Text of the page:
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Aging & Neuroepidemiology Group

Etiology of Parkinson's Disease

Honglei Chen, M.D., Ph.D.
Honglei Chen, M.D., Ph.D.
Principal Investigator
Tel (919) 541-3782
Fax (301) 480-3290
P.O. Box 12233
Mail Drop A3-05
Research Triangle Park, NC 27709

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Research Summary

Honglei Chen, M.D., Ph.D., is the head of the Aging and Neuroepidemiology Group and holds a secondary appointment in the NIEHS Neurobiology Laboratory. His group studies how environmental and genetic factors affect the risks of age-related neurodegenerative diseases and the aging process in general.

Neurodegenerative diseases are substantial public health problems in the U.S. About 5-8 percent of elderly Americans have dementia and about 1 percent have Parkinson’s disease. Understanding the causes of these diseases is crucial for prevention. Therefore, Chen’s research aims to ascertain the environmental and genetic causes of Parkinson’s disease and to characterize high risk population through research on non-motor symptoms and biomarkers. The ultimate goal is disease prevention and more effective clinical management.

Chen’s current work focuses on Parkinson’s disease, which affects over 1 million older adults in the U.S., and on several large prospective cohorts with varying emphases on Parkinson’s epidemiology.

Chen’s primary research interests include:

  • Environment, Genes, and Gene-environment interactions in the etiology of Parkinson’s disease: Genes and environmental factors, alone or in combination, contribute to the pathogenesis of Parkinson’s disease. Over the past several years, his research has contributed to a better understanding of the role of environmental factors in Parkinson’s etiology. For example, he reported that long duration of smoking, rather than smoking intensity, might underlie the lower risk of Parkinson’s disease among smokers (Chen et al., Neurology 2010). He and collaborators also found that moderate to vigorous exercise (Xu et al., Neurology 2010), ibuprofen use (Chen et al., Neurology 2003 & Annals Neurol 2005; Gao et al., Neurology 2011), and higher plasma urate (Chen et al., Am J Epidemiol 2009) were each associated with a lower risk of Parkinson’s disease. In collaboration with an international consortium and others, he contributed to the identification of multiple genetic loci that affected the risk of late-onset Parkinson’s disease (Simón-Sánchez et al., Nat Genet 2009;  IPDGC, Lancet 2011) and the first gene-environment interaction that was identified in a genome-wide approach (Hemza et al., PLoS Genet 2011).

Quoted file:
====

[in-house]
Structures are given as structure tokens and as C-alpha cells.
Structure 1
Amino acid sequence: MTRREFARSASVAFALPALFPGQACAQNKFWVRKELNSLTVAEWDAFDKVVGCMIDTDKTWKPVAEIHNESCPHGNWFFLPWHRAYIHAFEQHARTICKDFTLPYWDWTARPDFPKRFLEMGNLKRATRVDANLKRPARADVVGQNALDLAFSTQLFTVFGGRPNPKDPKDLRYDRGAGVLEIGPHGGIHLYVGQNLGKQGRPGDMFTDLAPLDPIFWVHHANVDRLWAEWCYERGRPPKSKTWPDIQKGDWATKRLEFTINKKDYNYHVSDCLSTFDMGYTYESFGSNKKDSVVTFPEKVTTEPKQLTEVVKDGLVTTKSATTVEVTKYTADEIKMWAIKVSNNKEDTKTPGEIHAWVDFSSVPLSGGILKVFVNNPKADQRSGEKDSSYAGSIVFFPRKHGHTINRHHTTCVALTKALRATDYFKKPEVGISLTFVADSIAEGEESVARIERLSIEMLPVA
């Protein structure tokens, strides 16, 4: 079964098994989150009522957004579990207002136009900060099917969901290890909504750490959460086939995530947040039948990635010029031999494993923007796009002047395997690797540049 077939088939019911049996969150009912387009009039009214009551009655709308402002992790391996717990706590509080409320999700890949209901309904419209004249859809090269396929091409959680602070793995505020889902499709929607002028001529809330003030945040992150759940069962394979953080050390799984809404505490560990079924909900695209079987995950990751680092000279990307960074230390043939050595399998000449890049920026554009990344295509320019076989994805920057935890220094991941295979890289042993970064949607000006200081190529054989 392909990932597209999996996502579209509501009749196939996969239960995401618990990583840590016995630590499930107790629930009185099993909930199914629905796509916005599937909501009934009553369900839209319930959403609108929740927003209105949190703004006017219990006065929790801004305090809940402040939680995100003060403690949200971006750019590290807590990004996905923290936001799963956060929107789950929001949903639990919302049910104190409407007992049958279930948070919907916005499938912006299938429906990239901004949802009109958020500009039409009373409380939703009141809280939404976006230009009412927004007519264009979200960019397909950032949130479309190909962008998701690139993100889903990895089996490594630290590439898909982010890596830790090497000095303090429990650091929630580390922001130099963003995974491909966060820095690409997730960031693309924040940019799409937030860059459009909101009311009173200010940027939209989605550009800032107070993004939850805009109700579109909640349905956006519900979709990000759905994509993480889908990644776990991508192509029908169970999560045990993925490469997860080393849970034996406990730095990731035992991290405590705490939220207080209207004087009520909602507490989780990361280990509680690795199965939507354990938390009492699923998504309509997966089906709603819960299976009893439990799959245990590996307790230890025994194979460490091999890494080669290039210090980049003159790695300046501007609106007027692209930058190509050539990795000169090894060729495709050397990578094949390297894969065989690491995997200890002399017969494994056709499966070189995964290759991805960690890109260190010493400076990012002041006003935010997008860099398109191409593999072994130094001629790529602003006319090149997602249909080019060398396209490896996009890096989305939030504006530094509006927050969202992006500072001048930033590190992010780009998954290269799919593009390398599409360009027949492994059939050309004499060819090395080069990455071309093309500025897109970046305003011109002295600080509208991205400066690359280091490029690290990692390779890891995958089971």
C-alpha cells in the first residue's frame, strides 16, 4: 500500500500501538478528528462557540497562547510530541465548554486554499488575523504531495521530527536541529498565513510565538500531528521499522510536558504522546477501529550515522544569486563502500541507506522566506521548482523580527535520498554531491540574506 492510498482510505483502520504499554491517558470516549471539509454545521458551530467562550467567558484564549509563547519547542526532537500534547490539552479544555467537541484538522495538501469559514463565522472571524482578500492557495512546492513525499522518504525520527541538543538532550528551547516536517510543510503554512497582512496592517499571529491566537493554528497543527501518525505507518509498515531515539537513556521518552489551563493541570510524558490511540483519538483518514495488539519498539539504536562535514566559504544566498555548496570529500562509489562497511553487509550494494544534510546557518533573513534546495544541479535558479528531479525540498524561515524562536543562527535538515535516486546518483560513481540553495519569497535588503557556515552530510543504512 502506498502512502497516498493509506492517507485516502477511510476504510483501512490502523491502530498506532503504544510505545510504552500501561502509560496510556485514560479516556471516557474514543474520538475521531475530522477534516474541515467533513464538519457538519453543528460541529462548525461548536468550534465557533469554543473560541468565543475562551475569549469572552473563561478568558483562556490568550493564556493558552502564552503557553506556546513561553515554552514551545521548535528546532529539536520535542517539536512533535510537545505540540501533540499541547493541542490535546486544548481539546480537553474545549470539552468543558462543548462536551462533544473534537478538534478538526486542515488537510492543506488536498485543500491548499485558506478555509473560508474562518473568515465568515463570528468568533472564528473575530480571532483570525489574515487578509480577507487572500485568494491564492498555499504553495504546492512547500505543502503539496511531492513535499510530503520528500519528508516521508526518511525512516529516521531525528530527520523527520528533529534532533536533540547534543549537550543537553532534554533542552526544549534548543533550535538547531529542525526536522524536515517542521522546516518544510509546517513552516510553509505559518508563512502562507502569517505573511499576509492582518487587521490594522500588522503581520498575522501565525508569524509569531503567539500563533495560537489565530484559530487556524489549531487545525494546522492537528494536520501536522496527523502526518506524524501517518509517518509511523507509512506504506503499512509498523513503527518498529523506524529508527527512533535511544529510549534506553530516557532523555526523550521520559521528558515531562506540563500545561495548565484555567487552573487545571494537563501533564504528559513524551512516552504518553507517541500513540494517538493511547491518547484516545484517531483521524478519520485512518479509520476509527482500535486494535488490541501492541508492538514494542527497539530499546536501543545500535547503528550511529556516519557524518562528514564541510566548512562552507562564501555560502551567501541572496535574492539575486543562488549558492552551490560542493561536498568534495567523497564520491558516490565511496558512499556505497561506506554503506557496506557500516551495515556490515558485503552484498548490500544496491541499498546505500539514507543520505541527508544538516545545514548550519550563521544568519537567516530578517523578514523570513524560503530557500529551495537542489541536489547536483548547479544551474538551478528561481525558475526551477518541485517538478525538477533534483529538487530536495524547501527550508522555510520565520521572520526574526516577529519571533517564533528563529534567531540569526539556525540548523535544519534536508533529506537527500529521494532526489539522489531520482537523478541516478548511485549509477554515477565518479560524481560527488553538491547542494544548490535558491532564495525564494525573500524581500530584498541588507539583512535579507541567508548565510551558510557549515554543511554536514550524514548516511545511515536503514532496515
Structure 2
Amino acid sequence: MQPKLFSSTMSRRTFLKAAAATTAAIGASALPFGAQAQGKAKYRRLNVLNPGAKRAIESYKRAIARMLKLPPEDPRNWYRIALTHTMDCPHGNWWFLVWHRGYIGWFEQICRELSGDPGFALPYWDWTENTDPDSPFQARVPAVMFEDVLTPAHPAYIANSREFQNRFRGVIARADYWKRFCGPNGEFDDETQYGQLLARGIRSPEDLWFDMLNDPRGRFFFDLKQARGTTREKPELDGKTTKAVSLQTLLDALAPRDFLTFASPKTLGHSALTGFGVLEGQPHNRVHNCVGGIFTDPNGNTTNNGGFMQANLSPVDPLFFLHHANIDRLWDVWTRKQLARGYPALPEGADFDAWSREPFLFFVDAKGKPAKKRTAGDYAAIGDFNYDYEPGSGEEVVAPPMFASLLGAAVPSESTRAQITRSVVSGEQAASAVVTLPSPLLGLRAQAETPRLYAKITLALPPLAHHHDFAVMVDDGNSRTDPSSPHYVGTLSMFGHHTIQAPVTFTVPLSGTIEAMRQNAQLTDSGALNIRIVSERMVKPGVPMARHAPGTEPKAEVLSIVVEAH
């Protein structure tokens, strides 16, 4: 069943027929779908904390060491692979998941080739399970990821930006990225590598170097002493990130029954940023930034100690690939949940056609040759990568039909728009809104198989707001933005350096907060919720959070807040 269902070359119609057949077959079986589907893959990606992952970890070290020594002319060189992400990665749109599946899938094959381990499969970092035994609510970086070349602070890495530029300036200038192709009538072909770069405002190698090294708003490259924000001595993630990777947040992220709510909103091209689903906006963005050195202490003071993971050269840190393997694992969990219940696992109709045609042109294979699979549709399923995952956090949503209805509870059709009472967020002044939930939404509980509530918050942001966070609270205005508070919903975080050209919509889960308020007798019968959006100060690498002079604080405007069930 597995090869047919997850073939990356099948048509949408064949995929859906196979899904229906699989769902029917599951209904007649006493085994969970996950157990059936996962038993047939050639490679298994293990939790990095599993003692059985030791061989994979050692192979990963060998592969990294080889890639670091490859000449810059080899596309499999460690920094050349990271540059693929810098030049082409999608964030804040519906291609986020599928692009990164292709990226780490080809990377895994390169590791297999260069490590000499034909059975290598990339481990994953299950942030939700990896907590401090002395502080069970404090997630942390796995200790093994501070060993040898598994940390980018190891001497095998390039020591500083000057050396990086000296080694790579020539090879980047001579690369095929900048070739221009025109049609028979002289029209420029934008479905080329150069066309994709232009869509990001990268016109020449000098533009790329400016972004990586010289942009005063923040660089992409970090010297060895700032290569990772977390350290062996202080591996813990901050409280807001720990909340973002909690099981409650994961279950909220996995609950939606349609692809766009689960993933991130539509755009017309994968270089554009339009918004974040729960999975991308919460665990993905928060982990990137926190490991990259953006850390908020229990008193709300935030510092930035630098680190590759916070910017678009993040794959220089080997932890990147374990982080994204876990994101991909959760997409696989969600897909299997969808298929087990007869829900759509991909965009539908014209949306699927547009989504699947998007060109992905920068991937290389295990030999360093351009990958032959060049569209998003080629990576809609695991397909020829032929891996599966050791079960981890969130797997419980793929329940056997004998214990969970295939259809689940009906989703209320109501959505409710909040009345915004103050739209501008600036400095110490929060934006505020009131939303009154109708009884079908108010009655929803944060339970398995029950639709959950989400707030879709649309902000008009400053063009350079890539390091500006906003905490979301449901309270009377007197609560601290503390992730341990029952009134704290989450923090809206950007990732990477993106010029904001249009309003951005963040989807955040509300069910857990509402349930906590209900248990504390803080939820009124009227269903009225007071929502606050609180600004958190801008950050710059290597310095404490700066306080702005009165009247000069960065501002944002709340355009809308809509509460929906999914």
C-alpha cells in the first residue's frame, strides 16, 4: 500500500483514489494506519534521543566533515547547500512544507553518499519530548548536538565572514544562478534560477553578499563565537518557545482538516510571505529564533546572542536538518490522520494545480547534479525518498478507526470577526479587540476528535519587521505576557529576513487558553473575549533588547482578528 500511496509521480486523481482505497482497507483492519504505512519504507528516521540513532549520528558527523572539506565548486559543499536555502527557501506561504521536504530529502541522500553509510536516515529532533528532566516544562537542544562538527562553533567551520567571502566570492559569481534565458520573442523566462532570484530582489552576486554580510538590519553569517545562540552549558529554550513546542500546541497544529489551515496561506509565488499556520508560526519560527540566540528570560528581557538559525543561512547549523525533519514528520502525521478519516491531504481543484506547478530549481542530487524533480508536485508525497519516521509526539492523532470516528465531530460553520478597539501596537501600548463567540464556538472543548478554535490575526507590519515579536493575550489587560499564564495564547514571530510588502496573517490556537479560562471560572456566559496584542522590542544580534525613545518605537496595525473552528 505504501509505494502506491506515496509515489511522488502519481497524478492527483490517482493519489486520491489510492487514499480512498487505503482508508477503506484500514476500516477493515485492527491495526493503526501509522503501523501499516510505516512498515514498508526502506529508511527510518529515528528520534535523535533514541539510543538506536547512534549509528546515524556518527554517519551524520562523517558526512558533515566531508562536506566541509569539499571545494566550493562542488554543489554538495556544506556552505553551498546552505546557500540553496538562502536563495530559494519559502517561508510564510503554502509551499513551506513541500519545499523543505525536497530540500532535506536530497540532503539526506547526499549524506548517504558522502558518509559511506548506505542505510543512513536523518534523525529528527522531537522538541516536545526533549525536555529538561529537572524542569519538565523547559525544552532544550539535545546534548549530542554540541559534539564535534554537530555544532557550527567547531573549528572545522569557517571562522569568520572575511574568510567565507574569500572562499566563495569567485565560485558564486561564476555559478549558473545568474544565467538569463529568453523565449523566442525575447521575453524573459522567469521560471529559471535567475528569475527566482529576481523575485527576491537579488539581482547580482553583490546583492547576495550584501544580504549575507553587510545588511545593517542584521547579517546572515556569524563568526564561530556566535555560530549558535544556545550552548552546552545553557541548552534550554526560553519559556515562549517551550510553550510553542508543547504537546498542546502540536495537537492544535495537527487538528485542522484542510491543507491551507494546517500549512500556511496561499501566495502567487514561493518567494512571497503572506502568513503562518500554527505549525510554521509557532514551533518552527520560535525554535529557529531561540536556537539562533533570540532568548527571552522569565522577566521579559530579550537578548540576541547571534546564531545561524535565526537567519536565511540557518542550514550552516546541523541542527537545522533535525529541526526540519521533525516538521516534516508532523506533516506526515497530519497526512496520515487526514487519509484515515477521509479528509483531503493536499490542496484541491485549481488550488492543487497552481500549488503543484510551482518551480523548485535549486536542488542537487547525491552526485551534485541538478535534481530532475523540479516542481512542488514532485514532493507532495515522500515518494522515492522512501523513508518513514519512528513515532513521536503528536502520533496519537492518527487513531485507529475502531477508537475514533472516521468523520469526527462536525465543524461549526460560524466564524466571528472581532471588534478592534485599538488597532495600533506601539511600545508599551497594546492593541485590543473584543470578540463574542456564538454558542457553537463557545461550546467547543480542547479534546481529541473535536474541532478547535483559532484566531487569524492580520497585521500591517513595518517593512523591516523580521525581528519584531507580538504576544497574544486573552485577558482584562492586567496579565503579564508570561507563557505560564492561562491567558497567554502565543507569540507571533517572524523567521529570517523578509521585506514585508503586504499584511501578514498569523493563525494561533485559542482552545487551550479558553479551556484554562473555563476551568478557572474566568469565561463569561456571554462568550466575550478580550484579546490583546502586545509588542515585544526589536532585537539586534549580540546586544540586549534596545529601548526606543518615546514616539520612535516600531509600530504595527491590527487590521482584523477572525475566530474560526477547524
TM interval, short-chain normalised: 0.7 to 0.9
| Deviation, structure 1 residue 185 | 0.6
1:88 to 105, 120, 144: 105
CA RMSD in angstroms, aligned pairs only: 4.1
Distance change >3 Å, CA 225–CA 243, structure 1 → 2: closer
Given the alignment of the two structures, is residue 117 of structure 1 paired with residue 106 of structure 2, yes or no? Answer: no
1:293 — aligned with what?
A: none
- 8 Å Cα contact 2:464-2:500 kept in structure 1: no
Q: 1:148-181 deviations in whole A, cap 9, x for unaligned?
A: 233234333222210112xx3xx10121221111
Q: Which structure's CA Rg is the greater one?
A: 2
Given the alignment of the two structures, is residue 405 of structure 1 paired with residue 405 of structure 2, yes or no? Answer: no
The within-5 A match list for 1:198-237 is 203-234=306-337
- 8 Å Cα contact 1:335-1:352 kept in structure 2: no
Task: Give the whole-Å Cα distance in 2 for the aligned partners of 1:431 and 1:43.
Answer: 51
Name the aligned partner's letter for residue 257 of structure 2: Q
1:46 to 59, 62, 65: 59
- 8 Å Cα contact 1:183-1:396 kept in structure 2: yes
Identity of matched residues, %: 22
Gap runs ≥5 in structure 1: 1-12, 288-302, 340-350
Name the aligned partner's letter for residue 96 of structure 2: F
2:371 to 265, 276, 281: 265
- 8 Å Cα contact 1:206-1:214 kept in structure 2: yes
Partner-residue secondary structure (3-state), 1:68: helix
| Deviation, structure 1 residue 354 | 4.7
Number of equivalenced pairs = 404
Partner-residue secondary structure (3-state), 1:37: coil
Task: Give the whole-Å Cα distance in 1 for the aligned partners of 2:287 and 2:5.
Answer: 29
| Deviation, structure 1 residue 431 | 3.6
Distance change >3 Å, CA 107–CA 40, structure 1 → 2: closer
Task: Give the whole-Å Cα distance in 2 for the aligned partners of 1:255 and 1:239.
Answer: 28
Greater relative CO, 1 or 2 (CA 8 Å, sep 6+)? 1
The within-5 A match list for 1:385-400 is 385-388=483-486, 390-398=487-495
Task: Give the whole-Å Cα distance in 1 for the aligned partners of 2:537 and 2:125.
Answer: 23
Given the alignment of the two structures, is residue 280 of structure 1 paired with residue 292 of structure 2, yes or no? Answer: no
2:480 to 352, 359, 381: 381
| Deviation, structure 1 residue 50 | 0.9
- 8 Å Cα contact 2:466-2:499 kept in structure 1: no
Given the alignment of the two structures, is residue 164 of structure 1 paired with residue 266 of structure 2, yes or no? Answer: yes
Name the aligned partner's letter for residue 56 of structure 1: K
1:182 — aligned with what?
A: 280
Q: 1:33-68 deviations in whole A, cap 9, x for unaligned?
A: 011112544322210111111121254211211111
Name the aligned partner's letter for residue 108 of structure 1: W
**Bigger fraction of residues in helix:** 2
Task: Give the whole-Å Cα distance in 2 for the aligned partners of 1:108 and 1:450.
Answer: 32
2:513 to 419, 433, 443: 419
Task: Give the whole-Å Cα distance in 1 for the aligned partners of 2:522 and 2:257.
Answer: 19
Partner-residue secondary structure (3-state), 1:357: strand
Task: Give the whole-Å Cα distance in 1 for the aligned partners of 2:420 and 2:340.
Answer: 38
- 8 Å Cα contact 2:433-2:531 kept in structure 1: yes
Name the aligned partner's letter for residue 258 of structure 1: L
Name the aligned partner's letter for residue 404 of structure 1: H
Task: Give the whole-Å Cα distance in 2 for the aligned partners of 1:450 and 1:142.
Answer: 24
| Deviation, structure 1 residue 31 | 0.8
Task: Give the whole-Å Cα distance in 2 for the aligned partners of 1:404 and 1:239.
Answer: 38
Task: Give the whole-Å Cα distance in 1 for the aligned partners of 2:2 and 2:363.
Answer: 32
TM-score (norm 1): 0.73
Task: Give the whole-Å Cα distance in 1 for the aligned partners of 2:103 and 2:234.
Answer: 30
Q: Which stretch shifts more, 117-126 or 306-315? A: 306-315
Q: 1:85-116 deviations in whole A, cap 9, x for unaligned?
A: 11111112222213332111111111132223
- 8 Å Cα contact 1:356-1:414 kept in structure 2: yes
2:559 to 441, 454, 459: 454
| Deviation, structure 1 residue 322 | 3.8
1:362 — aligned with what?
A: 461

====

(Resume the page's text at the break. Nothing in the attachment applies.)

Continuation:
• Pre-diagnostic non-motor symptoms in Parkinson’s disease: Parkinson clinical diagnosis relies on the presence of motor dysfunction, which does not become apparent until ~50% of the dopaminergic neurons in substantia nigra have died. This may partially explain the failure of neuro-protection or disease modification trials for Parkinson’s disease that all intervene after diagnosis. Over the past decade, it has become clear that Parkinson’s patients also suffer from a variety of non-motor symptoms, and some (e.g. smell loss, daytime sleepiness) may predate Parkinson’s clinical motor onset. Dr. Chen’s group therefore is working on characterizing these symptoms in older adults with the hope to identify a pre-diagnostic window where disease modification may be more realistic. He and collaborators have reported that depression (Fang et al., Mov Disord 2010), daytime sleepiness (Gao et al., Am J Epidemiol  2011), constipation (Gao et al., Am J Epidemiol 2011), and erectile dysfunction (Gao et al., Am J Epidemiol 2007) were associated with future risk of Parkinson’s disease mostly in a time dependent manner.  In the future, Dr. Chen plans to evaluate more systematically non-motor symptoms alone or in combination in relation to Parkinson’s diagnosis and how environment and genetic factors may alter the progression from preclinical to clinical Parkinson’s disease.

Dr. Chen earned his M.D. from TianJin Medical University in TianJin, China, and Master’s degree from the Chinese Academy of Preventive Medicine in BeiJing, China. In 2001, he earned his Ph.D. in Nutritional Epidemiology from Tufts University in Boston, MA and then worked as a Research Fellow and Instructor at the Harvard School of Public Health. He joined the NIEHS Epidemiology Branch as a Tenure-Track Investigator in 2005.


  • Parkinson’s, Genes and Environment (PAGE) study
    The PAGE study was built based on the large prospective NIH-AARP Diet and Health Cohort and is one of the largest epidemiological studies to date on Parkinson’s disease. The study aims to investigate the roles of diet, lifestyle, other environmental factors, and genes in Parkinson’s disease and their potential interactions in causing the illness.
  • Parkinson’s Research in the Atherosclerosis Risk In Communities (ARIC) Study  
    The goals of this study include 1) to better understand non-motor symptoms of neurodegeneration, and 2) to evaluate environmental and genetic risk factors for Parkinson’s disease, focusing on prospective biomarkers.